Purpose: This paper seeks to look into Gabriel--the Worldwide web server for those European national libraries represented in the Conference of European National Librarians (CENL), providing a single point of access on the internet for the retrieval of information about their functions, services and collections. Above all, it serves as a gateway…

  10. Has the San Gabriel fault been offset

    SciTech Connect

    Sheehan, J.R.

    1988-03-01

    The San Gabriel fault (SGF) in southern California is a right-lateral, strike-slip fault extending for 85 mi in an arcuate, southwestward-bowing curve from near the San Andreas fault at Frazier Mountain to its intersection with the left-lateral San Antonio Canyon fault (SACF) in the eastern San Gabriel Mountains. Termination of the SGF at the presently active SACF is abrupt and prompts the question Has the San Gabriel Fault been offset. Tectonic and geometric relationships in the area suggest that the SGF has been offset approximately 6 mi in a left-lateral sense and that the offset continuation of the SGF, across the SACF, is the right-lateral, strike-slip San Jacinto fault (SJF), which also terminates at the SACF. Reversing the left-lateral movement on the SACF to rejoin the offset ends of the SGF and SJF reveals a fault trace that is remarkably similar in geometry and movement (and perhaps in tectonic history), to the trace of the San Andreas fault through the southern part of the San Bernardino Mountains. The relationship of the Sierra Madre-Cucamonga fault system to the restored SGF-SJF fault is strikingly similar to the relationship of the Banning fault to the Mission Creek-Mill Creek portion of the San Andreas fault. Structural relations suggest that the San Gabriel-San Jacinto system predates the San Andreas fault in the eastern San Gabriel Mountains and that continuing movement on the SACF is currently affecting the trace of the San Andreas fault in the Cajon Pass area.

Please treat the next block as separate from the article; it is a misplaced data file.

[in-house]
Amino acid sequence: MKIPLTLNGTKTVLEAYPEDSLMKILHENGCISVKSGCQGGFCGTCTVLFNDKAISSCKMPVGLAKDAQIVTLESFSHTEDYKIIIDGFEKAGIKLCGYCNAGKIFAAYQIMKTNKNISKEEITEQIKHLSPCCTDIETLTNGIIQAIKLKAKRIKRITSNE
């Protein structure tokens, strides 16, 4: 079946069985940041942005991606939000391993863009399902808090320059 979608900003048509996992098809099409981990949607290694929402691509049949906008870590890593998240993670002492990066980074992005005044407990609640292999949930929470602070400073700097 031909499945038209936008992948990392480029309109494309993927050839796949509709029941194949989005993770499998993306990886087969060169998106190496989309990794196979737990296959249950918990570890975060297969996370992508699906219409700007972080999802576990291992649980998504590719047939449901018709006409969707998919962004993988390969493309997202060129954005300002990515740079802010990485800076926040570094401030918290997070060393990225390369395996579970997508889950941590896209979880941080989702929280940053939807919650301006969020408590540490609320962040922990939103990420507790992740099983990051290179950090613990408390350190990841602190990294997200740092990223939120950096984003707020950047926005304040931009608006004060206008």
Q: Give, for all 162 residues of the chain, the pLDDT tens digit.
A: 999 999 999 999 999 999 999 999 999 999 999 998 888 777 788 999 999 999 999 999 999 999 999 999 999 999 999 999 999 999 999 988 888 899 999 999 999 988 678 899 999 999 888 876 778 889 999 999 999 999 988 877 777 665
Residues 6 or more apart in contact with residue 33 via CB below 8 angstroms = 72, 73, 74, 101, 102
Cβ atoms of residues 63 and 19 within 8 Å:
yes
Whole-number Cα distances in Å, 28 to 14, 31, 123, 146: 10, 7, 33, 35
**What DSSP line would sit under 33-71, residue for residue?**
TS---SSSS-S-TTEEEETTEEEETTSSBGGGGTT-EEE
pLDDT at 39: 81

11. George Gabriel Stokes on Water Wave Theory

    NASA Astrophysics Data System (ADS)

    Craik, Alex D. D.

    2005-01-01

    George Gabriel Stokes died just over 100 years ago, and it has been more than 150 years since he published his great 1847 paper on water waves. The work of Stokes' precursors, which informed his early publications of 1842 50, is described in the previous volume of the Annual Review of Fluid Mechanics (Craik 2004). Here I examine Stokes' papers and letters concerning water waves.

  12. DNA Align Editor: DNA Alignment Editor Tool

    Technology Transfer Automated Retrieval System (TEKTRAN)

    The SNPAlignEditor is a DNA sequence alignment editor that runs on Windows platforms. The purpose of the program is to provide an intuitive, user-friendly tool for manual editing of multiple sequence alignments by providing functions for input, editing, and output of nucleotide sequence alignments....

  13. Percolation threshold on planar Euclidean Gabriel graphs

    NASA Astrophysics Data System (ADS)

    Norrenbrock, Christoph

    2016-04-01